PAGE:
split might be mandated to be on the distinction between transactors and revolvers. Then
the algorithm might be asked to consider making additional splits for the transactors, for the
revolvers, or for both. Finally, the user may wish to specify one or more champion trees that are
to be evaluated by automatically building models for each segment they define without any
modification to the given champion trees.

Once a segmentation is defined, it will be evaluated by building a model for each segment.
That process can also be controlled. The analyst may desire to specify the candidate variables
to be used in the model that will be automatically built for each segment. If the model is a
scorecard, the analyst may also desire to define the initial binning of each candidate variable.
With guidance provided to the algorithm, the system can proceed to identify the optimized
segmented model.

Search Algorithm The following diagram (figure 7) illustrates the search for the optimized set of segmented
models. The algorithm will return the top segmented model found. FICO® Model Builder will
also provide a comparison of the structure and performance of the top models, an analysis
of the segmentation logic, segment statistics, variable usage in each segment and details
regarding the variables and bins in each segment’s model.

There are a number of key points to notice when reviewing the algorithm:

• First, the algorithm starts with a population of trees where each tree splits on a different
candidate splitter variable. The algorithm then attempts to grow out each of the trees.
This is important to avoid a greedy result where even though the best first split might
be on Variable A, a better result may be obtained by splitting on Variable B and making
subsequent splits.
• Second, the quality of a segmented model is evaluated not based on how well the tree
predicts, but on how well the segmented model predicts when the tree is used to route
data to segment-level models that are specialized for the segment.
• Third, the algorithm returns not only the best segmented model, but the top segmented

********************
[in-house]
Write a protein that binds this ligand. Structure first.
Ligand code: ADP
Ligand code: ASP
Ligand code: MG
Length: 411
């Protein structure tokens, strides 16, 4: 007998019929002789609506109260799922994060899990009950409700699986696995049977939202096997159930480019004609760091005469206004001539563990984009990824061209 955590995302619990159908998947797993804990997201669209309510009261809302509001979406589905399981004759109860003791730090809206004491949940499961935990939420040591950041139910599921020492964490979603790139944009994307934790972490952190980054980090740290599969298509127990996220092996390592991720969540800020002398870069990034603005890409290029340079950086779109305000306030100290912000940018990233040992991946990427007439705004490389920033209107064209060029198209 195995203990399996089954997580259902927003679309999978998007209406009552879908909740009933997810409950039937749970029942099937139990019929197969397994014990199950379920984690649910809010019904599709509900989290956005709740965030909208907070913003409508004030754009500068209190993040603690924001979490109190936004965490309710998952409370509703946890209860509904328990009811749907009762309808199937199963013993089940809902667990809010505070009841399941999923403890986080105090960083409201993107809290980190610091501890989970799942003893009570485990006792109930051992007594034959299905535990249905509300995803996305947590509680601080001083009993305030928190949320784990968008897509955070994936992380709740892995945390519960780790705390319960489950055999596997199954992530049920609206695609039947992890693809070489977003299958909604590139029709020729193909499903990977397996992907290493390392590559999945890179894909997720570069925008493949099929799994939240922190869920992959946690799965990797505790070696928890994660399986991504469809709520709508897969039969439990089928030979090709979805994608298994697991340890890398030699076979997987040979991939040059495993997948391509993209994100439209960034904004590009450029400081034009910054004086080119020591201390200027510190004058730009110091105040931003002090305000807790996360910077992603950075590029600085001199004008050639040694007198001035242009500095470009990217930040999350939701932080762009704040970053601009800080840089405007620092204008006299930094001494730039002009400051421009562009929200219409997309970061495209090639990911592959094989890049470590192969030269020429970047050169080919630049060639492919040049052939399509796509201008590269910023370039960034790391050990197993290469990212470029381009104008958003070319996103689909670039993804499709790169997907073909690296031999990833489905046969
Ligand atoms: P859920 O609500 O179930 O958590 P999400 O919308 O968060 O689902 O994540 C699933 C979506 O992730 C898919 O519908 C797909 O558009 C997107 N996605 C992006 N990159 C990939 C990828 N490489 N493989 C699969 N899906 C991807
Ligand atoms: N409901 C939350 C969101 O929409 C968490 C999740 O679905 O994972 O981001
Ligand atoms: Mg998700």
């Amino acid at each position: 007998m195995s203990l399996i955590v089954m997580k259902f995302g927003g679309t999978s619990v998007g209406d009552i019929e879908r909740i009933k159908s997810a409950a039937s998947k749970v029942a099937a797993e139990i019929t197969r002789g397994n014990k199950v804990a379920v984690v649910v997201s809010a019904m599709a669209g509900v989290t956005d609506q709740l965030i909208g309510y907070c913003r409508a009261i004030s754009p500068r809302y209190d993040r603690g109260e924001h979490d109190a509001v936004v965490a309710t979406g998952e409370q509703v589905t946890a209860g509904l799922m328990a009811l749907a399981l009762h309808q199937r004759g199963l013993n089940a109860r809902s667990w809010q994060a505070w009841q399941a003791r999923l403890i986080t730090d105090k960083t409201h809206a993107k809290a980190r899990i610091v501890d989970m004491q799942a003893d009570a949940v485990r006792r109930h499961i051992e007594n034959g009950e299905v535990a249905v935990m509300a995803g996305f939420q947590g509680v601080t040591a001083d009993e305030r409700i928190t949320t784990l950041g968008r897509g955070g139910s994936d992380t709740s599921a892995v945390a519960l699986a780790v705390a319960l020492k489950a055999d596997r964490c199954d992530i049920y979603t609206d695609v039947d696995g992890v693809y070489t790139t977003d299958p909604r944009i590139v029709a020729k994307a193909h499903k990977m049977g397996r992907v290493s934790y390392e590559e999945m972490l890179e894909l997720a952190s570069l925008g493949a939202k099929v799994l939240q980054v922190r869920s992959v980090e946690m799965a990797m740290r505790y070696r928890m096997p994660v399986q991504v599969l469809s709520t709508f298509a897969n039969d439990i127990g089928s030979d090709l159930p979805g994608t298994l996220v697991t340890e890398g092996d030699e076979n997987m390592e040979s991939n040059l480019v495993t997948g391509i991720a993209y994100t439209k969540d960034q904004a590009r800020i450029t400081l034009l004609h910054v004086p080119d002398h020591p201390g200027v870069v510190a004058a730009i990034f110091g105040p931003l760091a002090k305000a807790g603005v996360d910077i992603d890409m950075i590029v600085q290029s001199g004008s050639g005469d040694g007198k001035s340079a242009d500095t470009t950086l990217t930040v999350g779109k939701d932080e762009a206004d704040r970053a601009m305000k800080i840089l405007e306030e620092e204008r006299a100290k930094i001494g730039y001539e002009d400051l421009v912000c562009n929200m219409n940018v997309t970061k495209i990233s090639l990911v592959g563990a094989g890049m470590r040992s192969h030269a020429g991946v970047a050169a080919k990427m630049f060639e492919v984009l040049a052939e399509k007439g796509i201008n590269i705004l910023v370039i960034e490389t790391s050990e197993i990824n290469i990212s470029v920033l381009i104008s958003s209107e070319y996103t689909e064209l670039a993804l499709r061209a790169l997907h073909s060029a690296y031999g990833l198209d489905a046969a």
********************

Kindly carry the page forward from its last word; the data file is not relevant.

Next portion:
models along with segmented models for any segmentations manually entered by the
analyst. This enables the analyst to understand performance with respect to alternative
segmented models that vary in terms of complexity, palatability and model performance.

©2014 Fair Isaac Corporation. All rights reserved. page 9

Using Segmented Models for Better Decisions


Input Initialize
• Train Data Start with given
• Validation Data initial trees or one
• Settings empty tree.
• Parent Model

More Trees to Grow? • Population of
Yes No
Are any leaf nodes trees with their
further splittable? optimization measure

Initial Statistics • Best tree

Compute initial statistics on the data.

Next Split Node

For every tree find the next node
to split (node with greatest number
of records).

Generate Splits
For every splitter variable generate
candidate splits for the next split
node of every tree.

Node and Split Stats

Train new pairs of predictive scorecard
models for each side of every candidate
split. Compute net increase in objective
function to assess the value of each
candidate split.

Choose Best N Splits

For each input tree, retain the top
N augmented trees, as ranked by
increase in objective function from
their newly added splits.

Iteration Result
Take the chosen split on each tree
to generate next tree population.

©2014 Fair Isaac Corporation. All rights reserved. page 10

Using Segmented Models for Better Decisions

Giving the The flexible nature of the Segmented Scorecard module gives the analyst unprecedented
Analyst Control control over the segmented model. This tool assumes that the analyst’s best thinking will bring
about the best model and therefore gives the analyst room to experiment to best determine
the path to effective decisions.

The Segmented Scorecard module in FICO® Model Builder provides capabilities to:

• Automatically rank the performance of each segmented model in a variety of measures.

• Visualize and quickly navigate segmentation trees.
• Enable business experts to refine discovered trees to infuse domain knowledge, or add
splits required by the business process.
• Empower analysts to tune every aspect of the search algorithm, including:
• Comparing results against existing trees.
• Specifying initial, partial trees to be empirically grown.
• Setting binning, constraint and variable selection criteria to use in automated
model training.
• Controlling the trade-off between depth of search and execution time.